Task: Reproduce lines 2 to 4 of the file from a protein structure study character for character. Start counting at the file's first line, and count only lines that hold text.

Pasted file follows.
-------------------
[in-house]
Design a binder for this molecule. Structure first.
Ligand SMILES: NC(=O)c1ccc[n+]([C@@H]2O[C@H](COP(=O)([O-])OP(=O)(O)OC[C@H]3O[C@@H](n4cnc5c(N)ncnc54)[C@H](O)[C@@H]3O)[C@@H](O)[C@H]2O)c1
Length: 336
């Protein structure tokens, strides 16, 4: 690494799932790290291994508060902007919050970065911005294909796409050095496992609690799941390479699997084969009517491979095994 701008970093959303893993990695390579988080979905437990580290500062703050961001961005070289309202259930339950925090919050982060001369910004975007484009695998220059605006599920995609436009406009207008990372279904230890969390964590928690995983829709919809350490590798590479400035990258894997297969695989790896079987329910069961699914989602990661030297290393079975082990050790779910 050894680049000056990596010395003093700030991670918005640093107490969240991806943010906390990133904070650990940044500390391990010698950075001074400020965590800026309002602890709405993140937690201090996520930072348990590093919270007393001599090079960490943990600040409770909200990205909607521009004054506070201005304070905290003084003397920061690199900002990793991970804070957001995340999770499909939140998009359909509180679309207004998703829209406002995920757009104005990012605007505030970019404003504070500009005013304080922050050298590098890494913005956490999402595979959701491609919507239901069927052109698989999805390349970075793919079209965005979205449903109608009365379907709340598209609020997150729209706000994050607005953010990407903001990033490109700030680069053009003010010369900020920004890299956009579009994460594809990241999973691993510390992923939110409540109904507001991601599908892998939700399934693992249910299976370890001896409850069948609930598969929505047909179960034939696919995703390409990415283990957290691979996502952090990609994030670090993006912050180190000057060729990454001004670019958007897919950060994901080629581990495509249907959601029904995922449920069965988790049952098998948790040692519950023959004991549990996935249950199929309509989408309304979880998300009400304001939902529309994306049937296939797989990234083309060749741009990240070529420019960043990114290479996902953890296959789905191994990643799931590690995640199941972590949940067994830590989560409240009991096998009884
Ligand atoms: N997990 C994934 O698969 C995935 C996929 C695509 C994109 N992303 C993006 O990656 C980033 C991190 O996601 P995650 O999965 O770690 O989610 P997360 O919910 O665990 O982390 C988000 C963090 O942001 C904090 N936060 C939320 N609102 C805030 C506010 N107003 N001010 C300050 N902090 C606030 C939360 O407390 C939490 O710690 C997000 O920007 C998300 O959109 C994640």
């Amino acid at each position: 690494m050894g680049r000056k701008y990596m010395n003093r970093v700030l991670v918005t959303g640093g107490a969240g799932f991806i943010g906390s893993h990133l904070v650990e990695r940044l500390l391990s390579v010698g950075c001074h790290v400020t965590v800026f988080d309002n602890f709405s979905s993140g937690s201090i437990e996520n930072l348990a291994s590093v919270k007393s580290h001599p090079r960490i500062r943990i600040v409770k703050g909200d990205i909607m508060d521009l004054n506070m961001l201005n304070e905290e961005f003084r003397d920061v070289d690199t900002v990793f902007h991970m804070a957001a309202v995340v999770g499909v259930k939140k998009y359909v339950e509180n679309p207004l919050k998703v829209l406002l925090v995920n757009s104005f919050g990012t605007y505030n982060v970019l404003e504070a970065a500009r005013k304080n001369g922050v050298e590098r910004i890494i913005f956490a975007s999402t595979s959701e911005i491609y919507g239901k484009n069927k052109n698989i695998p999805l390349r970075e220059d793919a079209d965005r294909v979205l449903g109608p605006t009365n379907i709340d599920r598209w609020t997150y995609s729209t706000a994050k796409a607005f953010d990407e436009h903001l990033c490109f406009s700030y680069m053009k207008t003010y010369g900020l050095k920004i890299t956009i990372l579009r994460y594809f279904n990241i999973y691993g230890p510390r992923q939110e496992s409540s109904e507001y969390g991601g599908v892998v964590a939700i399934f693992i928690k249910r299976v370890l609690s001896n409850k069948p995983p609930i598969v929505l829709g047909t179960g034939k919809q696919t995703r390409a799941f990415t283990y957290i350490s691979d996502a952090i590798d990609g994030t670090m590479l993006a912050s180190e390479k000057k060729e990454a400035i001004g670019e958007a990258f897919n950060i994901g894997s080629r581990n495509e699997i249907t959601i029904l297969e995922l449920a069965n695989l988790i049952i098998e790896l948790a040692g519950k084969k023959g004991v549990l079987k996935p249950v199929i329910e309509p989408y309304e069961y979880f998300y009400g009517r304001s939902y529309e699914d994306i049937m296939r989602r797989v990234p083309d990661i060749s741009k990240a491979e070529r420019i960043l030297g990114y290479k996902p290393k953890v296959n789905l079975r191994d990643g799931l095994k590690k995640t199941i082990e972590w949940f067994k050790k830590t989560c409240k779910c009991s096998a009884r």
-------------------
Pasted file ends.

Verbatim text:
Design a binder for this molecule. Structure first.
Ligand SMILES: NC(=O)c1ccc[n+]([C@@H]2O[C@H](COP(=O)([O-])OP(=O)(O)OC[C@H]3O[C@@H](n4cnc5c(N)ncnc54)[C@H](O)[C@@H]3O)[C@@H](O)[C@H]2O)c1
Length: 336